Pereira and Morrell hypothesized that a brain region must direct a mother to prioritize offspring over drugs. Image is in the public domain.
Summary: The infralimbic system priorities caring for offspring and promotes maternal behavior in rats.
Motherhood takes over the brain’s decision-making regions to prioritize caring for offspring, according to new research in rats published in eNeuro.
Making decisions requires the medial prefrontal cortex filtering and repressing multiple streams of information. This often involves picking between powerful, conflicting stimuli, such as when drug-using mothers must choose between their new child or drug-seeking. Since the most effective addiction therapies in this situation work by emphasizing the mother/infant relationship, Pereira and Morrell hypothesized that a brain region must direct a mother to prioritize offspring over drugs.
To pinpoint this brain region, the team temporarily inactivated different regions of rats’ prefrontal cortices with a local anesthetic and tested the rats’ preference for their pups or cocaine. Before inactivation, 40% of rats preferred to spend time in a room associated with cocaine, 40% preferred a pup-associated room, and 20% preferred a neutral room.
But when the scientists inactivated the rats’ infralimbic cortex, 78% of rats preferred the cocaine room and none chose the pup room. The opposite was true when the prelimbic cortex was inactivated: 71% of rats preferred the pup room, and none chose the cocaine room. Inactivating the infralimbic cortex also decreased the mother’s maternal behaviors towards her pups. The researchers found that during motherhood, the brain recruits the discriminating powers of the infralimbic cortex to prioritize offspring over competing desires.
About this neuroscience research article
Source: SfN Media Contacts: Calli McMurray – SfN Image Source: The image is in the public domain.
Infralimbic Cortex Biases Preference Decision Making for Offspring Over Competing Cocaine Associated Stimuli in New Mother Rats
In the context of drug abuse, converging evidence suggests that cocaine use in new mothers is significantly reduced by the competing motivation related to child rearing. Given the demonstrated importance of the medial prefrontal cortex (mPFC) in decision making processes, we investigated the contribution of distinct regions of the mPFC (anterior cingulate, prelimbic, infralimbic) to decision-making in new mother rats performing a concurrent pup/cocaine choice conditioned place preference (CPP) task. When given a choice, inactivation of infralimbic cortex significantly biased decision-making of mother rats towards cocaine-associated cues, highly contrasting the distribution of preferences by control groups. In contrast, inactivation of prelimbic cortex had the opposite effect, significantly increasing offspring bias in the decision making, such that none of mothers chose the cocaine-associated alternative. Anterior cingulate inactivation was without effect. Functional inactivation of these same mPFC subregions had no effect in a non-conflict CPP task in which context-induced cocaine or pup seeking were examined separately. Notably, inactivation of the infralimbic cortex also interfered with maternal behavior. Taken together, we have identified a specific role of the infralimbic cortex in the prioritization of offspring over drug competing alternatives, thus promoting resistance to drug use in new mothers.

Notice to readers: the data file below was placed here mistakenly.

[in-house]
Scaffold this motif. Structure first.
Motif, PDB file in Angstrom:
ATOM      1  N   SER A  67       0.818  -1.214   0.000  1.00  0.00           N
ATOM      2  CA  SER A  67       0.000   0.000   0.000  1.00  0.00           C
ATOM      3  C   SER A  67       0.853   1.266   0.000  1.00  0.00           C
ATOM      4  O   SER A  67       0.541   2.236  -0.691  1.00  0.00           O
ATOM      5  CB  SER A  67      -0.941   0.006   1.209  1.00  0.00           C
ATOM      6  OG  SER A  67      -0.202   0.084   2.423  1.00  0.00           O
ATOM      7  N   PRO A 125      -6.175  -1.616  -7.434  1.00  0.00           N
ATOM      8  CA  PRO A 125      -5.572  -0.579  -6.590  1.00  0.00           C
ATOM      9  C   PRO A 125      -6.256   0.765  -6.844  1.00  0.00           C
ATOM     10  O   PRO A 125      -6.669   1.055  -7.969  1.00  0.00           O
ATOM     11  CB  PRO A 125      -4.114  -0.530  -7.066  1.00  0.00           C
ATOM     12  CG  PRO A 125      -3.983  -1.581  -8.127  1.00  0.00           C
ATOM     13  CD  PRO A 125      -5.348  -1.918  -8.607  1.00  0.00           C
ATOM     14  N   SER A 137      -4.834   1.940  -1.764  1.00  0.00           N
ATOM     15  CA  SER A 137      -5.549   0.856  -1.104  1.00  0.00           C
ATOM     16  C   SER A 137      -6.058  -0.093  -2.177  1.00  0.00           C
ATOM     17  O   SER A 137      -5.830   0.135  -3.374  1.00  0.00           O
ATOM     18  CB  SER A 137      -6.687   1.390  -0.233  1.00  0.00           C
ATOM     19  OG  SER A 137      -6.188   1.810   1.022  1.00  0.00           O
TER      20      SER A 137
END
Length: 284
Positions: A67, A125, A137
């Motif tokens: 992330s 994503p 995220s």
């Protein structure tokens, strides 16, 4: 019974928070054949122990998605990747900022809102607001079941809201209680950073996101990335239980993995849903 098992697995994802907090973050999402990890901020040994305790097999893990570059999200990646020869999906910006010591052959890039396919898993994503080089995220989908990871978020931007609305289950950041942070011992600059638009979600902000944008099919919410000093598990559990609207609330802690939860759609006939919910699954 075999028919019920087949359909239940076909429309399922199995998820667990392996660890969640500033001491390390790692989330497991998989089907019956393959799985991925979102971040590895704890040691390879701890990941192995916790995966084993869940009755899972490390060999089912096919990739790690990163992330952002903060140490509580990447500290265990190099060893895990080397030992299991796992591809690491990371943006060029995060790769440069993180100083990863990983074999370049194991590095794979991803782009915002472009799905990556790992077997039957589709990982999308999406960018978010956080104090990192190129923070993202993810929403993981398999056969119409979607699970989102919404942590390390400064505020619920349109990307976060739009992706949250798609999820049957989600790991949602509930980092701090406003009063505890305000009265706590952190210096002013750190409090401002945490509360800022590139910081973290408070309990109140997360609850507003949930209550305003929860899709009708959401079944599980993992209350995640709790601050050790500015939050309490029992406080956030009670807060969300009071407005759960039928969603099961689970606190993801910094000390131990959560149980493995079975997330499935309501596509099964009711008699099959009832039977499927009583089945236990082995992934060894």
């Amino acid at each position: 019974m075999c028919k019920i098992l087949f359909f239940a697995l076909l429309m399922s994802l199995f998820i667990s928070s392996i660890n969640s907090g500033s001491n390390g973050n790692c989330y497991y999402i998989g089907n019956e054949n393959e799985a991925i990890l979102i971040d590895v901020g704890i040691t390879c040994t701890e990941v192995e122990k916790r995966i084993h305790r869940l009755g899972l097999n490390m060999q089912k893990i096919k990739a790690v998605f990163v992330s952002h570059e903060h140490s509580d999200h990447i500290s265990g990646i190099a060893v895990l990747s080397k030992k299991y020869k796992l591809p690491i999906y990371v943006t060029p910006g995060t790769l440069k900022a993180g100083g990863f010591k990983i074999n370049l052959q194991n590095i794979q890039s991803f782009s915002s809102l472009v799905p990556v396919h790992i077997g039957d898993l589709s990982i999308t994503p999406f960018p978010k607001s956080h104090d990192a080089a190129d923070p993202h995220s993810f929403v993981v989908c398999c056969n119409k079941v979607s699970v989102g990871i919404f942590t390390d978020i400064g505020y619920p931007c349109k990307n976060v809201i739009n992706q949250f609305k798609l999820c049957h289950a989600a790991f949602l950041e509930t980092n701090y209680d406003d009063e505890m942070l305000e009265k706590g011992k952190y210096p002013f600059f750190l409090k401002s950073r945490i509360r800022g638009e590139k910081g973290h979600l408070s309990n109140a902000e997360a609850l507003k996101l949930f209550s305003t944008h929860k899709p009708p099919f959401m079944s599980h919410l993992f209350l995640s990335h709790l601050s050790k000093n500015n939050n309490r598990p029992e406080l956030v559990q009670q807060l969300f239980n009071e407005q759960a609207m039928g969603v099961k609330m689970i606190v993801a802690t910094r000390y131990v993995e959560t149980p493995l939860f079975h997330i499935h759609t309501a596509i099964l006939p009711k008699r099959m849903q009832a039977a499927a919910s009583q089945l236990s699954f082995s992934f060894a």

Cocaine use by postpartum women is a serious health problem that has a tragic impact on the mother’s ability to properly care for her child, with life-long consequences for both the mother and her child. Here we show that in the context of new motherhood, the infralimbic cortex biases decision making toward offspring stimuli over cocaine seeking in new mothers. These findings provide novel information about how the maternal brain processes information about offspring and how this information is integrated to bias decision-making. Considering the major impact of maternal cocaine use on both mother and child health, understanding how maternal motivation can provide resistance to drug use is highly pertinent.